Game of Thrones is getting in on the mobile craze with Conquest, the newest in the ever-growing lineup of Game of War-style games. 

If you haven’t played Game of War, the concept is simple: Start a castle (a ‘house,’ in Conquest), build and upgrade military and resource plots (ad infinitum), build military units, create or join an allegiance, and pillage those weaker than your allegiance until they flee or join your side. While this sounds exciting on paper, in both Game of War and Conquest this is all done through an often boring system of clicking and waiting. Upgrading buildings takes a few minutes in the beginning of the game, but upgrades soon take hours to complete. If you want to attack your neighbor, you click attack on their keep, select which units you want to attack with, then wait. Then, if you damaged their wall and kept most of your soldiers, you can attack again. Repeat until their wall is destroyed and pillage their resources.

Allegiances help make pillaging quicker, thankfully. Working as a team, an allegiance of players can destroy a wall quicker than a lone player. To start an allegiance, you must find someone willing to be your Bannerman. Each allegiance owner can have up to five Bannermen, with each of them having five as well, all the way down to fourth-tier Bannermen, who cannot have any of their own. This allegiance system is a good way of keeping straight who is in charge and passing orders down a chain of command. Unfortunately, it also requires asking strangers to bend the knee if they want to team up with you. This can be fun if you’re powerful enough to be a threat, or it can be frustrating if you’re being harassed by an allegiance wanting you to kneel.

Allegiances fight over Seats of Power such as Winterfell and Casterly Rock. These seats of varying power (King’s Landing is the hardest to take but gives the most benefits) are mostly inactive in the preview build of the game, but allegiances can take active ones, for glory and the tangible benefits they bequeath members of the allegiance, such as increased march speed or resource collection.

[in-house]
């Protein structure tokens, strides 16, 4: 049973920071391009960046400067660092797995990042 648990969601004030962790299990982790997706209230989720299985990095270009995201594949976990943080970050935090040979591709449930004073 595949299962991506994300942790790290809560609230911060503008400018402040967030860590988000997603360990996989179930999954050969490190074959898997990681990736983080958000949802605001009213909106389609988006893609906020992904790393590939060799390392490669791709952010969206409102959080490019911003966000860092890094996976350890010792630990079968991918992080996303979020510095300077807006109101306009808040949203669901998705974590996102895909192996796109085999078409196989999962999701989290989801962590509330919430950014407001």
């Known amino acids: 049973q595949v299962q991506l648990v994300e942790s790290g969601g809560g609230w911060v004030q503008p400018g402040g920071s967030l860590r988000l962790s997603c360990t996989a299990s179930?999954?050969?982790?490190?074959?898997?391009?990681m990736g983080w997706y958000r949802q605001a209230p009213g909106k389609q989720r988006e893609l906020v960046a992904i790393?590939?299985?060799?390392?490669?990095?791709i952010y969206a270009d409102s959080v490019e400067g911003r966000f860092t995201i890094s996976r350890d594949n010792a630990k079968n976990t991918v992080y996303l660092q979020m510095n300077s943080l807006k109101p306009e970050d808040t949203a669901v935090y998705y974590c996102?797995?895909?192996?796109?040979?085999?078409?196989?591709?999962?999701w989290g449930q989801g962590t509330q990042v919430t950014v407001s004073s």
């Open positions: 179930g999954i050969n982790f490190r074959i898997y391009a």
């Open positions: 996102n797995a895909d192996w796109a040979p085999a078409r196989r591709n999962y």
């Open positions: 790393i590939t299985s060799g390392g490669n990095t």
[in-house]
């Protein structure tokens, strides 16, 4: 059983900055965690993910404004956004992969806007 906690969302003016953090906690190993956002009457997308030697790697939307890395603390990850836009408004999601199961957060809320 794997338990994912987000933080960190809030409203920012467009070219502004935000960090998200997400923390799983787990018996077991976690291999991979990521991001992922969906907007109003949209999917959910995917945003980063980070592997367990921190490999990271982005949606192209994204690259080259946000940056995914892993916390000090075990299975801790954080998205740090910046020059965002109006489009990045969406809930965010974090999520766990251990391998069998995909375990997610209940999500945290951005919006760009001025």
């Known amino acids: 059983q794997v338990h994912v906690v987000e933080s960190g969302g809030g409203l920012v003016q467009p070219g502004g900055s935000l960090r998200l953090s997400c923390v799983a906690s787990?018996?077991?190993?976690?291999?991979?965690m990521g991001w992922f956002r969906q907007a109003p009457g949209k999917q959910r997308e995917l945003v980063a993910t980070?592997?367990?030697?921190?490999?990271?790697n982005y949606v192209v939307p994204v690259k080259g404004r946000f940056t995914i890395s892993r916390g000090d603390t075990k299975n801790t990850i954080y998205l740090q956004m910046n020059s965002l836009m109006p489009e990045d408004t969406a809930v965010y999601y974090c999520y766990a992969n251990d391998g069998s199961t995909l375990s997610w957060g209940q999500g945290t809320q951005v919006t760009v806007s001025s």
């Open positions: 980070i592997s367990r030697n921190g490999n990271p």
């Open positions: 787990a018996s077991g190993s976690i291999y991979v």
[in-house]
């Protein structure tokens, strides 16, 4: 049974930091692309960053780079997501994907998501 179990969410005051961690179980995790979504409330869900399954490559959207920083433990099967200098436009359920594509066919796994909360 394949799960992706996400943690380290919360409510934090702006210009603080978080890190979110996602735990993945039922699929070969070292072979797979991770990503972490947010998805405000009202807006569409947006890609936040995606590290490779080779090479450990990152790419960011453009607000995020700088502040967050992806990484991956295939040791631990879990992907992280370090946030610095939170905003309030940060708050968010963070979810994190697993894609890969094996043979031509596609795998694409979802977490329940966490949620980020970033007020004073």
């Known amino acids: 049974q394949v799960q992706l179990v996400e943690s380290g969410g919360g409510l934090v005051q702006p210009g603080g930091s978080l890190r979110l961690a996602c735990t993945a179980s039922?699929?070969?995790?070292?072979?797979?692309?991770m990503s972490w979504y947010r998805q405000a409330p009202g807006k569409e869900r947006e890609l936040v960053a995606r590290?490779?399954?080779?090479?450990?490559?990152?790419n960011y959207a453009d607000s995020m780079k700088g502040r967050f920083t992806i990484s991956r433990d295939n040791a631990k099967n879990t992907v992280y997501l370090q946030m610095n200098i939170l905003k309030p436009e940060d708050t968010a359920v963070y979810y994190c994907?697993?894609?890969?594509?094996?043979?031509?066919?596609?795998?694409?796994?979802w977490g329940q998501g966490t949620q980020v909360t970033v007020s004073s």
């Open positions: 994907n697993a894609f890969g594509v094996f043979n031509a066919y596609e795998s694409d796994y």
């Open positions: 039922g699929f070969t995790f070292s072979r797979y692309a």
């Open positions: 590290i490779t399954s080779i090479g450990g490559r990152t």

The setting and characters you’re surrounded by in a game can make or break the experience. Unfortunately, Conquest’s setting fails to put my mind in the Game of Thrones universe. It feels more classically medieval than Game of Thrones-inspired. My castle only features one building distinctly from Game of Thrones, the Maester's tower, which can be used to research upgrades. The upgrades in the Maester’s Tower, which fall under one of four categories (military, city defense, logistics, and economy), go back to having no relation to the universe, however helpful they are gameplay-wise.

Conquest does feature some of the series’ most popular characters, but they don’t feel like those characters. They mostly pop up in a microtransaction advertisement or to teach a new mechanic, but with no voice acting and written dialogue that breaks the fourth wall more than it tries to stay in-universe, there’s very little connection between the characters in Conquest and the characters on HBO or in the books.

From renting extra workers or Maesters to work on more buildings and research, to buying packs of boosts and currency, microtransactions are hard to avoid in Conquest. What’s most tempting to buy are speedups, which allow you to finish construction, research, or train troops faster. Instead of waiting an hour for a farm to upgrade, a speedup can upgrade it immediately so you can get started working on something else. These speedups are given away for free occasionally, but those who spend money will be able to progress through the ranks much faster than those who try the free-to-play route.

Game of Thrones fans should temper their expectations before diving in, as the game released yesterday, October 19. The setting and characters offer nods to the broader fiction, but what I experienced in the preview version of the game is mostly rooted in a familiar and established mobile game structure. Fighting over Westeros’ Seats of Power with an organized allegiance might fulfil some people’s fantasies, but the fear of microtransactions deciding the fate of those Seats is real. If the game ever manages to capture that Game of Thrones feel however, it has a chance to suck a lot of people in.